View Comments After receiving 12 Tony nominations last week, Fun Home can continue celebrating. As buzz over the Jeanine Tesori and Lisa Kron musical continues to grow, so does the show’s weekly gross. The tuner took in $531,985 (just over 70% of the show’s potential in the Circle in the Square Theatre, one of the smaller Broadway houses). We expect numbers to increase this month as Tony Sunday approaches. Another Best Musical Tony nominee, Something Rotten!, also received its highest gross of its run at $801,033. An American in Paris, which—like Fun Home—received 12 nods including Best Musical, secured a spot in the top five grossing shows for the second consecutive week, joining perennial box office favorites The Lion King, Aladdin, The Book of Mormon and Wicked.Here’s a look at who was on top—and who was not—for the week ending May 3:FRONTRUNNERS (By Gross)1. The Lion King ($1,908,299)2. Aladdin ($1,408,344)3. The Book of Mormon ($1,407,988)4. Wicked ($1,387,456)5. An American in Paris ($1,220,234)UNDERDOGS (By Gross)5. It Shoulda Been You ($350,281)4. Hand to God ($346,364)3. The Visit ($194,145)2. Living on Love ($160,105)1. Airline Highway ($157,029)FRONTRUNNERS (By Capacity)1. The Book of Mormon (102.59%)2. Fish in the Dark (101.28%)3. The Audience (100.68%)*4. Aladdin (100.01%)5. The King and I (100.00%)UNDERDOGS (By Capacity)5. The Visit (60.24%)4. Jersey Boys (60.19%)3. It Shoulda Been You (59.78%)2. Living on Love (56.16%)1. On the Town (52.99%)* Number based on seven regular performancesSource: The Broadway League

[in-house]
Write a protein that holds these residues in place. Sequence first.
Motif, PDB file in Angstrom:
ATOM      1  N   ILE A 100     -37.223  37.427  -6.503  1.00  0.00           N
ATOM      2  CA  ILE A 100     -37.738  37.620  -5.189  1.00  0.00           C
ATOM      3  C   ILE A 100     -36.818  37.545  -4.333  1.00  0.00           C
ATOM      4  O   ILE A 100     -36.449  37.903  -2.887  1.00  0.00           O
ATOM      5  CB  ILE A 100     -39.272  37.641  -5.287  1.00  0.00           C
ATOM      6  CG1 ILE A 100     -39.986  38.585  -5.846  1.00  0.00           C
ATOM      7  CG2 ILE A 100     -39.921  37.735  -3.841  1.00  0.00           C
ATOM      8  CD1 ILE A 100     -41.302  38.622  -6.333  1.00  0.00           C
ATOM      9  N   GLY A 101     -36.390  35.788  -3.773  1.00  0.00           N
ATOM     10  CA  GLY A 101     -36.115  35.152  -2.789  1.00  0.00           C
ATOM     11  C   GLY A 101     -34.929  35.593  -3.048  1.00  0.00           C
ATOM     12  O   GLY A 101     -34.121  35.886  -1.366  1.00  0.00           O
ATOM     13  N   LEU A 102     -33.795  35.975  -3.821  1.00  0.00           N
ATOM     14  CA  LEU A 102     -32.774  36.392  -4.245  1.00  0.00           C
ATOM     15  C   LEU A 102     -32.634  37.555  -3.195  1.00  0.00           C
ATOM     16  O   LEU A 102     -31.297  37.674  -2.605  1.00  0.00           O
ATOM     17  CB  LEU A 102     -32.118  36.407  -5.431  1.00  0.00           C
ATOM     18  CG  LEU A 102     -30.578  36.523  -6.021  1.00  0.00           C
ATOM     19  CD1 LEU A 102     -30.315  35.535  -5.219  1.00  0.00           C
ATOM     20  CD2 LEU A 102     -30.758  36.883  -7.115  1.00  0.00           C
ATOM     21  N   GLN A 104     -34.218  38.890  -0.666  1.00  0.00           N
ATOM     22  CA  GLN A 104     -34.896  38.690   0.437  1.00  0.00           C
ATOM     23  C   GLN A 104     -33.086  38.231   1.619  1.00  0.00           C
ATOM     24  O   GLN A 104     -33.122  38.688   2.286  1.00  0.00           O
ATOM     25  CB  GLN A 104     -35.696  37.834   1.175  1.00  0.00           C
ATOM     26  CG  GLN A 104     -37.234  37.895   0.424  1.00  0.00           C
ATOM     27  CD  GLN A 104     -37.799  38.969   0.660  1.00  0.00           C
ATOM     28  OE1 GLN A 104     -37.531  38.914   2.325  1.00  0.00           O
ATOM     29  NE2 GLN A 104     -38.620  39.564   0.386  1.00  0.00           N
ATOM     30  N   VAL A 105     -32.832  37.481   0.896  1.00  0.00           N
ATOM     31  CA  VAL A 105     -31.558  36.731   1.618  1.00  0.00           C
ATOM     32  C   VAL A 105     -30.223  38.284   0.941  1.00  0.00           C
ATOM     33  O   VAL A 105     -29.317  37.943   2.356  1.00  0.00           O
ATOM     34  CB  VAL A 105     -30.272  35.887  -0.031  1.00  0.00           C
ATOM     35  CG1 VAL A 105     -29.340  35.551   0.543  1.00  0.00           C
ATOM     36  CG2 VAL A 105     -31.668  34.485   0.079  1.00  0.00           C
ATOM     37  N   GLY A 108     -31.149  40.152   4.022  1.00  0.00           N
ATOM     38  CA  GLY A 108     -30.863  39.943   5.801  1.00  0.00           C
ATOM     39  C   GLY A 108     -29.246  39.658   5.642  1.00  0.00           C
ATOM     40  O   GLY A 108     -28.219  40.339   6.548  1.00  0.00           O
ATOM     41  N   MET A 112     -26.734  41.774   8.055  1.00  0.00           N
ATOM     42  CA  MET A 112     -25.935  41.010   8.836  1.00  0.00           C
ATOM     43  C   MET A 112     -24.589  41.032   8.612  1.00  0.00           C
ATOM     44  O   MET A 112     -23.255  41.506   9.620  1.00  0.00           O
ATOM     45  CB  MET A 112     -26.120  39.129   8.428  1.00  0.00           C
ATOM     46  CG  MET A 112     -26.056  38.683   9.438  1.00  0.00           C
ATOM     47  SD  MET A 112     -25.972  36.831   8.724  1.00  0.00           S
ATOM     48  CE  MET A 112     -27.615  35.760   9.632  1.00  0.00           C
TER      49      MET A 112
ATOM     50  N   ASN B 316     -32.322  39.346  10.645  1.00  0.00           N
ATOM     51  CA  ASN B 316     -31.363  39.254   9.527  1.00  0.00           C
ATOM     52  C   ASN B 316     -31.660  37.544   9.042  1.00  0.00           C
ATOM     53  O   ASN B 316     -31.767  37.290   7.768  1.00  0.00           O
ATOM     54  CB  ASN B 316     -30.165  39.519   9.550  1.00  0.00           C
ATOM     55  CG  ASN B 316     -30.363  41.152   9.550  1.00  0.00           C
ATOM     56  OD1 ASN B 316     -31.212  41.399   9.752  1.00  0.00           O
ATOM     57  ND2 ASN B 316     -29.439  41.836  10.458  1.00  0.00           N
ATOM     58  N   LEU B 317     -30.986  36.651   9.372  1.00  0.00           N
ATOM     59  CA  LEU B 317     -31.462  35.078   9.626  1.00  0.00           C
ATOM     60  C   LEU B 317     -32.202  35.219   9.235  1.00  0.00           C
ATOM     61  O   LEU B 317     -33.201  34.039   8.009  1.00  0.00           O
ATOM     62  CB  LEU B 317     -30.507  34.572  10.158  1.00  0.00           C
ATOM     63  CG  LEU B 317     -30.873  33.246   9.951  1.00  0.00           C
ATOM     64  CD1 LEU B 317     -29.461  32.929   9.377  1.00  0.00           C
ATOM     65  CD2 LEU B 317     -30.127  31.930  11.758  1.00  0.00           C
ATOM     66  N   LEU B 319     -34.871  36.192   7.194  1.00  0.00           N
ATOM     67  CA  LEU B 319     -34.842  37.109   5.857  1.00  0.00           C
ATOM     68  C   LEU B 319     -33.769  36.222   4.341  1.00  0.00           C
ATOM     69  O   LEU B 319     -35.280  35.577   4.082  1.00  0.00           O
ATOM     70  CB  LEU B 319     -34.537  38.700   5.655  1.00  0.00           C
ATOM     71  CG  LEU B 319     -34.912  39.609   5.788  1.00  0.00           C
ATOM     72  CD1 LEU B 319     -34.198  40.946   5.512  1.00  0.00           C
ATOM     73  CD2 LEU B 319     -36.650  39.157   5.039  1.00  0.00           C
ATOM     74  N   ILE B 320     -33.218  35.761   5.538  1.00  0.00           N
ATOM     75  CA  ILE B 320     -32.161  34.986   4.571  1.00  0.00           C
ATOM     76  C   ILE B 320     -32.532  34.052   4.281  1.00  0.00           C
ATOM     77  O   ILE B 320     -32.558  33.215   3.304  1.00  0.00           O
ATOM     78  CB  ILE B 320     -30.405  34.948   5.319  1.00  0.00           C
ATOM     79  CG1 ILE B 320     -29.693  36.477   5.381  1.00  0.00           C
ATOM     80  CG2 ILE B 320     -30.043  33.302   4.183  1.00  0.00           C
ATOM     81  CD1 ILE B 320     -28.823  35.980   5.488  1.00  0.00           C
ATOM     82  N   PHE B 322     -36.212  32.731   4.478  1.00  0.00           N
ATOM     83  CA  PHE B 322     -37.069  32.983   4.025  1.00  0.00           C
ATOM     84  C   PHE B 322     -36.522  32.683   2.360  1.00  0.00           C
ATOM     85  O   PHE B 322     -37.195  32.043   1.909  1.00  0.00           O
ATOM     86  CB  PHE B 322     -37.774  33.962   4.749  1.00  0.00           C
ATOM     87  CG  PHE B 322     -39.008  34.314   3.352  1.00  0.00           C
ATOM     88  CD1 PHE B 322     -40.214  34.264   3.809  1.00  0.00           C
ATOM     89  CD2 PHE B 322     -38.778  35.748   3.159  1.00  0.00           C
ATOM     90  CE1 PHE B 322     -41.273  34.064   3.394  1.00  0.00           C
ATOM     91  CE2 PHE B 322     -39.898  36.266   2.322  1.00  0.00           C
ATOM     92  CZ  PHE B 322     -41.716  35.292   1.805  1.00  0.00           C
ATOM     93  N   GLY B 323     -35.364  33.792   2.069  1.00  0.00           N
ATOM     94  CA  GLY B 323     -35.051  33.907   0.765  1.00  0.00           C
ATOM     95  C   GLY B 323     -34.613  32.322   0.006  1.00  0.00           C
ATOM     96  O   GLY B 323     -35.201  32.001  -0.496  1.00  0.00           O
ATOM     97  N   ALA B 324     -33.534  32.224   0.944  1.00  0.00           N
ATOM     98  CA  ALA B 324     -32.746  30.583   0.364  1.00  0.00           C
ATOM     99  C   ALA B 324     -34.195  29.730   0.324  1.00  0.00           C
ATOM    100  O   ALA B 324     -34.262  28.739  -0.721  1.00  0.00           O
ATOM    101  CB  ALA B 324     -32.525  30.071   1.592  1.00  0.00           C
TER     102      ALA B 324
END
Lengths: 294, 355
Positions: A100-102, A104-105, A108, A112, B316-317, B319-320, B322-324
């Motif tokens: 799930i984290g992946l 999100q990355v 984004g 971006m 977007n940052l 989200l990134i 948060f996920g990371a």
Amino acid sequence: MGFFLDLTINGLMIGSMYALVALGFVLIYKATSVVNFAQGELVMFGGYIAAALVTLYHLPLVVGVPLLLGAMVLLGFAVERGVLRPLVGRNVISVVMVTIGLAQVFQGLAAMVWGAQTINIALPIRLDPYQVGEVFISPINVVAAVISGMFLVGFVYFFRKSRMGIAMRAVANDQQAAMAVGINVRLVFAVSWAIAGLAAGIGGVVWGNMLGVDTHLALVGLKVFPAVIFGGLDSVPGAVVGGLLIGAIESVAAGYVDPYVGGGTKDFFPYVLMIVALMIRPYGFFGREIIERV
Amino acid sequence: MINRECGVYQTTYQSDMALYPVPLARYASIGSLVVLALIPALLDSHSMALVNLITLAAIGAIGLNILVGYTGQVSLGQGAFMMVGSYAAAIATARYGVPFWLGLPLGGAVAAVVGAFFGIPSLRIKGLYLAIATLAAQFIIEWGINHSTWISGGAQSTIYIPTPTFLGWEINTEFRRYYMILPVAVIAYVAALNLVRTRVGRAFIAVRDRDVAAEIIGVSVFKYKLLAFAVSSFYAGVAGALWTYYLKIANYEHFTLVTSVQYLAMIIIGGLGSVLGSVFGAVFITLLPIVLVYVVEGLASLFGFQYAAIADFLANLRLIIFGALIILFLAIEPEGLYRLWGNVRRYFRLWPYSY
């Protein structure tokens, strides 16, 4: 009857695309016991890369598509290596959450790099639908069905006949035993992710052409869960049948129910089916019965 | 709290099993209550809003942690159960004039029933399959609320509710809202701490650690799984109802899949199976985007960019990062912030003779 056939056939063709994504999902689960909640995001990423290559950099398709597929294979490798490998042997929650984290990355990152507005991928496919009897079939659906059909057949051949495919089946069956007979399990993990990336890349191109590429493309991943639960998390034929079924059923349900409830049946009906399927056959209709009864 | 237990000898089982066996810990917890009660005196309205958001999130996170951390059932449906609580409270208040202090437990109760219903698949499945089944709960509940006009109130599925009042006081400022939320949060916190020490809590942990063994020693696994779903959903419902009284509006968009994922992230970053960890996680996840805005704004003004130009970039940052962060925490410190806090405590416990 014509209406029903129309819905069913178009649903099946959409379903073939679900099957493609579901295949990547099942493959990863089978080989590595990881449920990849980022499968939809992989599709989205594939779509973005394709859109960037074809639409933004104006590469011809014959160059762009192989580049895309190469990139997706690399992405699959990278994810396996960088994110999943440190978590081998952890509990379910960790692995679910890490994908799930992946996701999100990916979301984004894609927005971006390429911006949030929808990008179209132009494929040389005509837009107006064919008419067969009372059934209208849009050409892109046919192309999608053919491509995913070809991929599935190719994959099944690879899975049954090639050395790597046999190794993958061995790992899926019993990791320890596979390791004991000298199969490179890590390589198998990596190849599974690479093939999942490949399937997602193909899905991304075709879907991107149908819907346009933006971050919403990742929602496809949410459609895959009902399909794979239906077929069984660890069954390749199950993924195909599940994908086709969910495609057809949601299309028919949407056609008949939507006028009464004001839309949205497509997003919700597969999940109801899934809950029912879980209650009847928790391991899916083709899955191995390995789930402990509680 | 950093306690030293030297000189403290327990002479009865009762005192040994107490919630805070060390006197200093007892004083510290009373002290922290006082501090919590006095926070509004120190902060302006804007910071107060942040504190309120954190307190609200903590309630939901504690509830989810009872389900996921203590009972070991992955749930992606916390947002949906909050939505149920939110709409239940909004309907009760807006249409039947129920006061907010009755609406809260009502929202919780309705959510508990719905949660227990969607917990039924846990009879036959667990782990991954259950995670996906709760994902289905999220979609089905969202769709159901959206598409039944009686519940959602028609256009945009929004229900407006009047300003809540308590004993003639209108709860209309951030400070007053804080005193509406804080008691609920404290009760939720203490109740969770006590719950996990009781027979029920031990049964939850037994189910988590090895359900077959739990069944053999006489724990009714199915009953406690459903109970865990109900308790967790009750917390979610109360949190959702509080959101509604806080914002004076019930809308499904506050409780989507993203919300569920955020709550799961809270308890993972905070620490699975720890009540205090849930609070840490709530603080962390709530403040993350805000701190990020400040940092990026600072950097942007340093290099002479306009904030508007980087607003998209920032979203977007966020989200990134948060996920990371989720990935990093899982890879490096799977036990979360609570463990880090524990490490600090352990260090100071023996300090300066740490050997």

Governor, UVM President sign Vermont Climate Collaborative CharterMONTPELIER – Governor Jim Douglas and UVM President Daniel Mark Fogel have formally adopted the Vermont Climate Collaborative framework, which will guide Vermont’s effort to address climate change and further develop the green tech economy.At a charter signing at the Statehouse Wednesday, Governor Douglas called the Collaborative a signature partnership that brings together the state’s higher education institutions, businesses, legislators and nonprofit organizations to allow the state to forge ahead with confidence in protecting and enhancing Vermont’s quality of life.”This charter spells out a foundation and framework for action,” the Governor said. “The Collaborative’s mission is simple: to see that Vermont stays green, leads the nation in environmental policies and creates job opportunities for a thriving green economy.”Douglas created his Commission on Climate Change in 2005, asking its members to enter into a wide-ranging discussion on initiatives that will safeguard Vermont’s way of life, where economic prosperity goes hand in hand with environmental stewardship.Hundreds of Vermonters offered their assistance and expertise to the Commission. In the end, the Commission’s final report focused on six main themes, including this collaborative partnership.Creation of the Vermont Climate Collaborative would be essential to meeting the five other goals, and to implementing policy recommendations contained in the Plenary Group Report, the Commission concluded.”Vermont, as the greenest state in the nation, is again leading the way by developing a far-reaching blueprint that creates and maintains a climate-friendly green infrastructure where man and nature co-exist and thrive together – and because of each other. And that’s what it’s really all about in Vermont,” Douglas said.Now that the Collaborative charter is signed, its members will begin to hold regular public meetings with the first order of business to be writing bylaws and defining the criteria to measure success.UVM President Fogel said Vermont has a robust foundation of environmental research and scientific capabilities that will be meaningful to the Collaborative’s work.”Addressing climate change will not be easy,” said Fogel. “But the Collaborative will become the ‘clearinghouse’ that will help set priorities for action and measure results.”The Collaborative will serve as a coordinating hub to provide connections to appropriate resources and individuals to foster climate change research and activities, Fogel said.”Numerous research efforts are already underway in Vermont to help us understand the impacts of policies designed to reduce greenhouse gas emissions,” Fogel said. “The Vermont Climate Collaborative gives us the opportunity to harness our collective ongoing effort to reduce greenhouse gas emissions while also strengthening the green economy in Vermont. The Collaborative framework will enhance the speed at which Vermont is able to move forward with green initiatives.”Fogel pointed to climate change research already taking place at Vermont’s higher education institutions, including the work of Lisa Aultman-Hall and Richard Watts at UVM’s Transportation Research Center, the Carbon Reduction Initiative at Middlebury College, and the work of UVM’s Jennifer Jenkins and William Keeton on biomass, forest dynamics, and carbon storage.The Collaborative members include: UVM Provost John Hughes and ANR Secretary George Crombie will oversee the Collaborative; Dean Domenico Grasso of the College of Engineering and Mathematical Sciences; Dean Lawrence Forcier at the Rubenstein School of Environment and Natural Resources; Dean Thomas Vogelmann at the College of Agriculture and Life Sciences; Frances Carr, Vice President for Research and Graduate Studies; Chancellor Robert Clarke at the Vermont State Colleges; Paul Fonteyn, President of Green Mountain College; William Wooten, President of Sterling College; Commerce Secretary Kevin Dorn; Transportation Secretary David Dill; Agriculture Secretary Roger Allbee; Public Service Commissioner David O’Brien; Senate President Peter Shumlin; Rep. Margaret Cheney of Norwich; Gregg Marston of the Vermont Business Roundtable; Mark Snelling from the Governor’s Council of Environmental Advisors and Scott Johnstone, Executive Director of Vermont Energy Investment Corp.